Transition in helium bubble strengthening of copper from quasi-static to dynamic deformation

CR Lear and MR Chancey and R Flanagan and JG Gigax and MT Hoang and DR Jones and H Kim and DT Martinez and BM Morrow and N Mathew and Y Wang and N Li and JR Payton and MB Prime and SJ Fensin, ACTA MATERIALIA, 254, 118987 (2023).

DOI: 10.1016/j.actamat.2023.118987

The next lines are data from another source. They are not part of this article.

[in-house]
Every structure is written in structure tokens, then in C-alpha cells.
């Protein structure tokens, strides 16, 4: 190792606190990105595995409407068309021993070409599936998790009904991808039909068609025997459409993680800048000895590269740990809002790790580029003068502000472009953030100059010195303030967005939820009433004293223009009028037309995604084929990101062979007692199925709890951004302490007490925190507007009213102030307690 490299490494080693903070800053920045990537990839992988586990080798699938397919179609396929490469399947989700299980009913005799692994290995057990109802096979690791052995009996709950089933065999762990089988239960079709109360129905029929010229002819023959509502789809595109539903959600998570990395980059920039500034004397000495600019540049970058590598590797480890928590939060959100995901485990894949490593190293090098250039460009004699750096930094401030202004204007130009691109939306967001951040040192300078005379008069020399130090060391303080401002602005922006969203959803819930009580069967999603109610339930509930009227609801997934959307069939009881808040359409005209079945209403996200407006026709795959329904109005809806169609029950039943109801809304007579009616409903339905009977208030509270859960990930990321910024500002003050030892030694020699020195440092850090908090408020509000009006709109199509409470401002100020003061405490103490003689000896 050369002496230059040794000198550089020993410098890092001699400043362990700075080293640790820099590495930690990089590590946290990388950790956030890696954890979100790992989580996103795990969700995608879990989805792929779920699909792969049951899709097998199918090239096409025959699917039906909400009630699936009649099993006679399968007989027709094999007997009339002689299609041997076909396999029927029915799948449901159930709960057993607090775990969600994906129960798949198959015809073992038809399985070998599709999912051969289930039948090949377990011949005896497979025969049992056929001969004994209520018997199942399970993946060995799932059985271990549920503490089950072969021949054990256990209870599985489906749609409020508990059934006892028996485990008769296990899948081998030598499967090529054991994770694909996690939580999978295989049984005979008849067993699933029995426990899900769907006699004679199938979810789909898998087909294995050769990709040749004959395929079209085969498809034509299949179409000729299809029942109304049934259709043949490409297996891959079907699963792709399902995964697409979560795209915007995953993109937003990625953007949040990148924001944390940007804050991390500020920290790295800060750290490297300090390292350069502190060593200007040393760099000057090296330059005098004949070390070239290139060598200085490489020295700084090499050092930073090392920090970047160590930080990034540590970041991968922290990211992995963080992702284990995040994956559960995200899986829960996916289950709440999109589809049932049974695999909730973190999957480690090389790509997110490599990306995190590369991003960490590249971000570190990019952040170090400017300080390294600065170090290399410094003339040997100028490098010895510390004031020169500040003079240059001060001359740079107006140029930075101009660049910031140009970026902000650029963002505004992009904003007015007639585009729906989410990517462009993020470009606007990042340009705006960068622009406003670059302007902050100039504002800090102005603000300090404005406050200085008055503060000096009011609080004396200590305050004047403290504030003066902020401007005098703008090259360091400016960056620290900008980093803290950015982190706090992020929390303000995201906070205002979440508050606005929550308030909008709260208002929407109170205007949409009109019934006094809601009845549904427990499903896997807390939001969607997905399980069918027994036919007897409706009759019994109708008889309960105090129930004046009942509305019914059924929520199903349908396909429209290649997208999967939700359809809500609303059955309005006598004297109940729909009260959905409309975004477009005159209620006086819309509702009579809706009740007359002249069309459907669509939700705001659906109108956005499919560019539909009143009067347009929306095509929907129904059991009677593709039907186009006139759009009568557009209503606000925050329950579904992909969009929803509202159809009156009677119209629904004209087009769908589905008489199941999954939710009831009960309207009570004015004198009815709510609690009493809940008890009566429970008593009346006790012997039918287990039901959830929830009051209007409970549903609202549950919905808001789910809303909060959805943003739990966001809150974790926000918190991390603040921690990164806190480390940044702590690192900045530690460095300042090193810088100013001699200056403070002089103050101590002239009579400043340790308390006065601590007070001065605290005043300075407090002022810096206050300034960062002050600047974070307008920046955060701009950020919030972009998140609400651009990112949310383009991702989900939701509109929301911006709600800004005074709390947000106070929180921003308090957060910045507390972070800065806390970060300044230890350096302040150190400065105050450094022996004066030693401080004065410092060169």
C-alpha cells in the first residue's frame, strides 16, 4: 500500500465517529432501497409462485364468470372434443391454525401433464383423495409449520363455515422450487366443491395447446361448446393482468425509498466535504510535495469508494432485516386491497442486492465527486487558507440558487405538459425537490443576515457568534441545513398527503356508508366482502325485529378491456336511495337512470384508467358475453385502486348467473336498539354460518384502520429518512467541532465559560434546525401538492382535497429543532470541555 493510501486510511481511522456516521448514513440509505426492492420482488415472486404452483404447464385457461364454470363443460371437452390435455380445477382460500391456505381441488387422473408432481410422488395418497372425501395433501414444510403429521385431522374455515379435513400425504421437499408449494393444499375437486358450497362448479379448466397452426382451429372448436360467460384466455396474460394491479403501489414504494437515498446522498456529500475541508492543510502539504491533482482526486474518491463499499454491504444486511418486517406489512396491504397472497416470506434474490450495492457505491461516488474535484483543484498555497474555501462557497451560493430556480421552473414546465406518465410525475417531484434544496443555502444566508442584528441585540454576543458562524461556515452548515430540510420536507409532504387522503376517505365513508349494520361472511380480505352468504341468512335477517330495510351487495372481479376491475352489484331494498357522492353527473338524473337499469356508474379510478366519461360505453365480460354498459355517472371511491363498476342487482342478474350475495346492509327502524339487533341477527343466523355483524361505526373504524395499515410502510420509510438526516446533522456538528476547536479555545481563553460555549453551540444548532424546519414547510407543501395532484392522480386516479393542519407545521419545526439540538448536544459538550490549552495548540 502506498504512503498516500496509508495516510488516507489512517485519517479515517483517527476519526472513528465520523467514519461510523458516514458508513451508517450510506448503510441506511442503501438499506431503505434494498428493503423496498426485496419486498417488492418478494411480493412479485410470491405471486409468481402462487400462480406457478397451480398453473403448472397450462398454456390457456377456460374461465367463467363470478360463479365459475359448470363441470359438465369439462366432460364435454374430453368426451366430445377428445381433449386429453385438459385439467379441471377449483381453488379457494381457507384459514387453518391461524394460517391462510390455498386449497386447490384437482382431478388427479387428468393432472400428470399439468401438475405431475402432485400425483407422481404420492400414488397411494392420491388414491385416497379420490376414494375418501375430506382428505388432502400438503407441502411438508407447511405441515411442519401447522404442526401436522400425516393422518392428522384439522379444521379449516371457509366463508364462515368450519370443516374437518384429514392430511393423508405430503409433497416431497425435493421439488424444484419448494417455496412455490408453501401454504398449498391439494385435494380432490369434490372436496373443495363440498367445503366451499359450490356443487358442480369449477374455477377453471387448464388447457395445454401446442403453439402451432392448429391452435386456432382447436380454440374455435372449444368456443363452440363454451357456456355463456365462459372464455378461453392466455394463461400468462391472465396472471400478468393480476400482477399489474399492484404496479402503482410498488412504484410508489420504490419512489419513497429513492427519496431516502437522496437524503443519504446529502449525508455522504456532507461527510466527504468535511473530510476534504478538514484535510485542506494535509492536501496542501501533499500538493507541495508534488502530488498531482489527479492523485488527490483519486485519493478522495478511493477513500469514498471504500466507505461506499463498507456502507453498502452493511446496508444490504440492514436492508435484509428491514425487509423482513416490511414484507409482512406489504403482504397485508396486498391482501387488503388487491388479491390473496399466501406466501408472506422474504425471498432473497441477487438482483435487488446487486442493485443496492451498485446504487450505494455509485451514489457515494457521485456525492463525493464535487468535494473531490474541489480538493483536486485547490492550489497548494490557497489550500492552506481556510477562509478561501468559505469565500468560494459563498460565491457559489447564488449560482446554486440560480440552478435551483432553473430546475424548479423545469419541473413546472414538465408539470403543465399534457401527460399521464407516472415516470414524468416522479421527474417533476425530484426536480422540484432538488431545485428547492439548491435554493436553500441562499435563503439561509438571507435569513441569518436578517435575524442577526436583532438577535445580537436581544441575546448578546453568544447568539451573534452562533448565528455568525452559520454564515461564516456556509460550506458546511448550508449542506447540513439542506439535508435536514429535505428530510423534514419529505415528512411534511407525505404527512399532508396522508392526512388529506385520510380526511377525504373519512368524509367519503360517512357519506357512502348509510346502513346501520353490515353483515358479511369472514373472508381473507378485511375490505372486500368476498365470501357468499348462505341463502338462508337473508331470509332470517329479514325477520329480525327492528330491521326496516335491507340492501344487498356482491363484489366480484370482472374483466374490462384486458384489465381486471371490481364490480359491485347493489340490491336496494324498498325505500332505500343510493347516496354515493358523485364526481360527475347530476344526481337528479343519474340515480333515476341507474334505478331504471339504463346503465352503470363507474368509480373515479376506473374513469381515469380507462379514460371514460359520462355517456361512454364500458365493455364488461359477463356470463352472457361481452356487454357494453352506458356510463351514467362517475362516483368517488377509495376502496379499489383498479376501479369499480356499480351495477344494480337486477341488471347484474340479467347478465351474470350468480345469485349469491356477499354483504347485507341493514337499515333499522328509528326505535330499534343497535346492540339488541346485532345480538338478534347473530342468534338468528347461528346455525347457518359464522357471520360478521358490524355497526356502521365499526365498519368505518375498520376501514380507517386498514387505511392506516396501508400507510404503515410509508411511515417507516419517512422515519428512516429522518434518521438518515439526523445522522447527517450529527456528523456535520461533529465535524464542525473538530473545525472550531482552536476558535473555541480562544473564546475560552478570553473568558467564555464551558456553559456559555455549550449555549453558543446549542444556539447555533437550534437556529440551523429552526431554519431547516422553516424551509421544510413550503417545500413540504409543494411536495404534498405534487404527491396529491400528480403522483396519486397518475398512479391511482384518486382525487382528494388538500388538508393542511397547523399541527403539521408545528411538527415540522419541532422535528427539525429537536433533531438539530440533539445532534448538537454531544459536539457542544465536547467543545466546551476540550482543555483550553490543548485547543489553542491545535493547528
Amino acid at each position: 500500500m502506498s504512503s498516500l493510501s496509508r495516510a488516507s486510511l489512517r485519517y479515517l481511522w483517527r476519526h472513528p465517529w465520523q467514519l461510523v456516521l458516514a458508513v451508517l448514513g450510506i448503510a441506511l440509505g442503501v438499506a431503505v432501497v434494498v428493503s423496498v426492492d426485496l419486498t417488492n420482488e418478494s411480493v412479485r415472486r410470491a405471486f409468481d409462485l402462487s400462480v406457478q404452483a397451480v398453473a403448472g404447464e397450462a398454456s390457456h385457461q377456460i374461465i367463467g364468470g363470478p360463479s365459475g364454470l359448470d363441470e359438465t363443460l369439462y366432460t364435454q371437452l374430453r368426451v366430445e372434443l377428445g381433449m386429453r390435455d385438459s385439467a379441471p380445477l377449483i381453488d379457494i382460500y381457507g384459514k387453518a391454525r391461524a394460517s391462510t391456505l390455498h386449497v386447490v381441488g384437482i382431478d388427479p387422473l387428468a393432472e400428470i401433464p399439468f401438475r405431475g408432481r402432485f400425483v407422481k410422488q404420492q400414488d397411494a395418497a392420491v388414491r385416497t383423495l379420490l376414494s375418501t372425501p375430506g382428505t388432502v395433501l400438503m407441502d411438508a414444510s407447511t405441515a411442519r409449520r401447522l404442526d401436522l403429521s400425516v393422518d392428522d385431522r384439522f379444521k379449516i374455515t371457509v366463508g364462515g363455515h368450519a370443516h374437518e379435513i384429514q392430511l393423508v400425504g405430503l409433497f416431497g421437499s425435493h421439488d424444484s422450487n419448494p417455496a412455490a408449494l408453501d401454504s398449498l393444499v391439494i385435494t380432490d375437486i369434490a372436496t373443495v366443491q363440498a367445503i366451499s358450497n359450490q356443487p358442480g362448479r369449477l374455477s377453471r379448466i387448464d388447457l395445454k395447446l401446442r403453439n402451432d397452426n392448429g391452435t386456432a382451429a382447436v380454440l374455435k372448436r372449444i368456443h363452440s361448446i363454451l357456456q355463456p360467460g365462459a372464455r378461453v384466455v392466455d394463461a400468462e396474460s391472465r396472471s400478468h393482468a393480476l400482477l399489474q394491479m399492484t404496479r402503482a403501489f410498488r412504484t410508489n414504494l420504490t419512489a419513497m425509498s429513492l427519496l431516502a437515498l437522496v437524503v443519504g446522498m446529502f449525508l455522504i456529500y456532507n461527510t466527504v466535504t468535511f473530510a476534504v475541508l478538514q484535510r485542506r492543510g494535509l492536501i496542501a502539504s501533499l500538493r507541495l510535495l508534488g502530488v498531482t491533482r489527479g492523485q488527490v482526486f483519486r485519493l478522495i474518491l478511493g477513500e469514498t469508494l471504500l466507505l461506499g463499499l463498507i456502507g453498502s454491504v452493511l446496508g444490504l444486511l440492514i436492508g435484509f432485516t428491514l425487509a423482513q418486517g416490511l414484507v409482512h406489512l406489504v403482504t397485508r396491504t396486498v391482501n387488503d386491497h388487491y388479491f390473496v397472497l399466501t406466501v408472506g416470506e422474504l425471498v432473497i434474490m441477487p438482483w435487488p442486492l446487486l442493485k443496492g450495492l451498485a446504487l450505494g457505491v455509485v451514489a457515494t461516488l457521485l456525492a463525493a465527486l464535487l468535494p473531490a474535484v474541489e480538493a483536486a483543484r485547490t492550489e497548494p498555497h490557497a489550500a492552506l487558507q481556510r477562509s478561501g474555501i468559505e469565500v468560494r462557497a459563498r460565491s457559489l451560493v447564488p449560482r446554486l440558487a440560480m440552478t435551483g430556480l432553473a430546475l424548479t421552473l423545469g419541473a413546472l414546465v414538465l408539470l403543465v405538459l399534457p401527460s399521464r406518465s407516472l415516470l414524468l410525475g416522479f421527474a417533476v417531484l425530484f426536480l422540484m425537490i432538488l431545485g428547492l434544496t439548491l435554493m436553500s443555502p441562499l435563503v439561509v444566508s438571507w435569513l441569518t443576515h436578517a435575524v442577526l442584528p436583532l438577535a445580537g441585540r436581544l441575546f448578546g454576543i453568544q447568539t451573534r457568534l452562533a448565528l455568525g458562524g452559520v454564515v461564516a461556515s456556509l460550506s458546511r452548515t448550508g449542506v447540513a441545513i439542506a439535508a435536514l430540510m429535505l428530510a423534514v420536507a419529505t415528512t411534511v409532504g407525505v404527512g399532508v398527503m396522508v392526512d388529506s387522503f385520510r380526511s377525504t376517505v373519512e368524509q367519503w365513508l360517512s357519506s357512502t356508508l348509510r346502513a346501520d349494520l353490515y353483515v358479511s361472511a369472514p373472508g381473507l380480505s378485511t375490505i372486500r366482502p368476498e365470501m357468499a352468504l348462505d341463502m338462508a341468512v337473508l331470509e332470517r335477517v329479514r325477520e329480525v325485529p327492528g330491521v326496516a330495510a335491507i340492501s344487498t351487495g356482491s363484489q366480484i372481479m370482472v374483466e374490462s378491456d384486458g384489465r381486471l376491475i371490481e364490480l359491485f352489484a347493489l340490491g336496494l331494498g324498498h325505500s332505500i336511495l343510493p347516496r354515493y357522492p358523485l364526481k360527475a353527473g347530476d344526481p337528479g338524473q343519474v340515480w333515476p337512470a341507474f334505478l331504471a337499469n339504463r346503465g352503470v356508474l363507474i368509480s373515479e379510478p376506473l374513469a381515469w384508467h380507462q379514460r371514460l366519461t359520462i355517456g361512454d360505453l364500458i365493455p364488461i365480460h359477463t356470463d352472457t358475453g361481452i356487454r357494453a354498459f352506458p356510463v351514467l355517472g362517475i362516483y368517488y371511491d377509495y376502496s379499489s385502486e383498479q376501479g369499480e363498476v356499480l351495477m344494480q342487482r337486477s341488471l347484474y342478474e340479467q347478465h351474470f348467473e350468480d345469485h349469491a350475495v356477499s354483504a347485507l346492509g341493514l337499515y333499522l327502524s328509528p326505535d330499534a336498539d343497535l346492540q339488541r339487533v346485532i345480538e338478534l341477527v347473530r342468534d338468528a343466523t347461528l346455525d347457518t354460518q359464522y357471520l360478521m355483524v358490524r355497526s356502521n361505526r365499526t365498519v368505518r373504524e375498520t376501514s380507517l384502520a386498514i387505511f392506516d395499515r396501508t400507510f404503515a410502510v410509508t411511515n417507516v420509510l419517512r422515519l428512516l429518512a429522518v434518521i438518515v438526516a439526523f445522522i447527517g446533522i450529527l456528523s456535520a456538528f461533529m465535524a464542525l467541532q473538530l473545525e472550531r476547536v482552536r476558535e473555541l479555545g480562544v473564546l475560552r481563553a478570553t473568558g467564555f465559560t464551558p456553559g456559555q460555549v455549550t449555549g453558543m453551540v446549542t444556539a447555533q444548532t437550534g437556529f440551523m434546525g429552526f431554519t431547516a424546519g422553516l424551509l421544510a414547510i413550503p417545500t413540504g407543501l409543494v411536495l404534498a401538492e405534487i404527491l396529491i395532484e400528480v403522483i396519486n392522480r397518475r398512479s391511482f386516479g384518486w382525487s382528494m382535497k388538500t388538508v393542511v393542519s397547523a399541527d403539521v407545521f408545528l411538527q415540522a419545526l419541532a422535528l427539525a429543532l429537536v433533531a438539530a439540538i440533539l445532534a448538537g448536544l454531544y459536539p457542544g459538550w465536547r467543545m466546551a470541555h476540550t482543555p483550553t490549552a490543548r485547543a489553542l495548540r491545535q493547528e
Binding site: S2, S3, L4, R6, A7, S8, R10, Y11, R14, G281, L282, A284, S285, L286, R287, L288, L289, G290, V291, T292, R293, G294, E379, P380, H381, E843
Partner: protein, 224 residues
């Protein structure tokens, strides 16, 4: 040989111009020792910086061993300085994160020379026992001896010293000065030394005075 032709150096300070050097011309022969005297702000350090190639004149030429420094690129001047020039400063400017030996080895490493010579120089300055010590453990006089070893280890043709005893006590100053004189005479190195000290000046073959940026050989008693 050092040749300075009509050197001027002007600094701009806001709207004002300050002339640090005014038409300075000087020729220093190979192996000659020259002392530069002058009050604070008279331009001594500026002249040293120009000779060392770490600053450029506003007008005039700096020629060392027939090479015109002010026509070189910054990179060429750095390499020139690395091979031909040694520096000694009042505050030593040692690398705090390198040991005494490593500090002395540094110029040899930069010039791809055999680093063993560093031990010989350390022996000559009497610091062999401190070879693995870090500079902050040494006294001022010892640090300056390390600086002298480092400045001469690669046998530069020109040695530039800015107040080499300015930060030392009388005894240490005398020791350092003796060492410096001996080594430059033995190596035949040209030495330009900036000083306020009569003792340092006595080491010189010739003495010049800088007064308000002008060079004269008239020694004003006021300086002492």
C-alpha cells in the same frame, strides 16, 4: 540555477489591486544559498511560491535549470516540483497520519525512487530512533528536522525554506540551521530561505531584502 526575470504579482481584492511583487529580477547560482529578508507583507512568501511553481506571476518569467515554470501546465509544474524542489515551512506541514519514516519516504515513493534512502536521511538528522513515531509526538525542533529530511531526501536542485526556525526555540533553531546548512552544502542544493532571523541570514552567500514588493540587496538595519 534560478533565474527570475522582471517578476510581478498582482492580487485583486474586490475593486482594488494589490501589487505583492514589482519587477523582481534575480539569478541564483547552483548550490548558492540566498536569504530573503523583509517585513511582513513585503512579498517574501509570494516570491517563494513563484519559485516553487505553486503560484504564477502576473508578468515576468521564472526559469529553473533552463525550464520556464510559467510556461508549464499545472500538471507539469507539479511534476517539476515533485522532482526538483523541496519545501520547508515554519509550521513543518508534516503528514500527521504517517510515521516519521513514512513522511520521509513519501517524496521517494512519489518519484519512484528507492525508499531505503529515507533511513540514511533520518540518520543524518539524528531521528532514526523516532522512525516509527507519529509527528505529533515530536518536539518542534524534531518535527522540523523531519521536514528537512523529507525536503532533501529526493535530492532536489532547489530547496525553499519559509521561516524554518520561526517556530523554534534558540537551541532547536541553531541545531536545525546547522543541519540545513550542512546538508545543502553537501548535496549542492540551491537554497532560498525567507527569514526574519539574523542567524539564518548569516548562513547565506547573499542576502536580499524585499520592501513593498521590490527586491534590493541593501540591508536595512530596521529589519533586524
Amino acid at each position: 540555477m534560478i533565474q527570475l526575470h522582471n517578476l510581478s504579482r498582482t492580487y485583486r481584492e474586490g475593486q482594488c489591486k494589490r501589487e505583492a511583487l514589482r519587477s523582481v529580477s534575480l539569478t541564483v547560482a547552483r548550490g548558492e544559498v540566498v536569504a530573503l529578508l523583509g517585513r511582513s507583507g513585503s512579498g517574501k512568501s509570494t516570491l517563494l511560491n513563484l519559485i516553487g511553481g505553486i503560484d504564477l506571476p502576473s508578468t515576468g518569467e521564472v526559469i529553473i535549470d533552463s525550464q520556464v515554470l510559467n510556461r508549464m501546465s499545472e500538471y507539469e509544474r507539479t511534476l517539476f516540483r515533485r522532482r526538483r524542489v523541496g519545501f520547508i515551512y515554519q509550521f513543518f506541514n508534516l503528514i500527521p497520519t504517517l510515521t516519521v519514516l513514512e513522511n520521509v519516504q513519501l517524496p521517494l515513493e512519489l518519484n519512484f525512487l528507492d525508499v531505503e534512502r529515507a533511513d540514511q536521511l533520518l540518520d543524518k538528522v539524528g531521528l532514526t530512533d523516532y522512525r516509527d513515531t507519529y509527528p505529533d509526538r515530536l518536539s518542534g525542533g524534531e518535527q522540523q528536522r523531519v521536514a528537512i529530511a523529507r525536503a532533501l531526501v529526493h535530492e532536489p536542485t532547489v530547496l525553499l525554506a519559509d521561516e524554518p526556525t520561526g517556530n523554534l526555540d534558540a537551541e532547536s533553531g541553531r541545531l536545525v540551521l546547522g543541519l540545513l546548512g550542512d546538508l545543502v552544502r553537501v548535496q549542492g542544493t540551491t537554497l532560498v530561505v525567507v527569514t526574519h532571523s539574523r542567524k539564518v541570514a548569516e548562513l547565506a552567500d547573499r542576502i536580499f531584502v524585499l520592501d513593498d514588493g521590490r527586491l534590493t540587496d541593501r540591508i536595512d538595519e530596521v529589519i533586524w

Damage from low-temperature irradiation and the subsequent degradation of materials performance pose sig-nificant challenges for the storage of radioactive materials and for peripheral components in some nuclear reactor designs. Fully understanding the mechanical behavior of such materials requires test data for strain rates in both the quasi-static (< 10/s) and dynamic (>> 10/s) regimes. While dynamic testing has generally been avoided in the past for neutron irradiated (contamination concerns) and ion irradiated (insufficient volume) materials, surface- sensitive Richtmyer-Meshkov instability (RMI) tests were used in the present work to overcome these limitations. Here, nanopillar compression, nanoindentation, and RMI testing data from a helium implanted surface layer (similar to 10 mu m thick) were compiled to explore the effects of helium bubbles on the materials strength of high- purity copper at strain rates of 0.001/s - 10(8)/s. While nano- mechanical testing revealed increases in yield strength and hardness with increasing helium dose from 1000 to 4000 appm He, RMI indicated no significant changes in strength as compared to unimplanted copper. This discrepancy in behavior was rationalized through a combination of recent literature and follow-on molecular dynamics (MD) simulations, leading to the conclusion that the nanoscale helium bubbles acting as dispersed barriers to dislocation motion at quasi-static strain rates collapse under shock loading and cease to be effective barriers at high strain rates.

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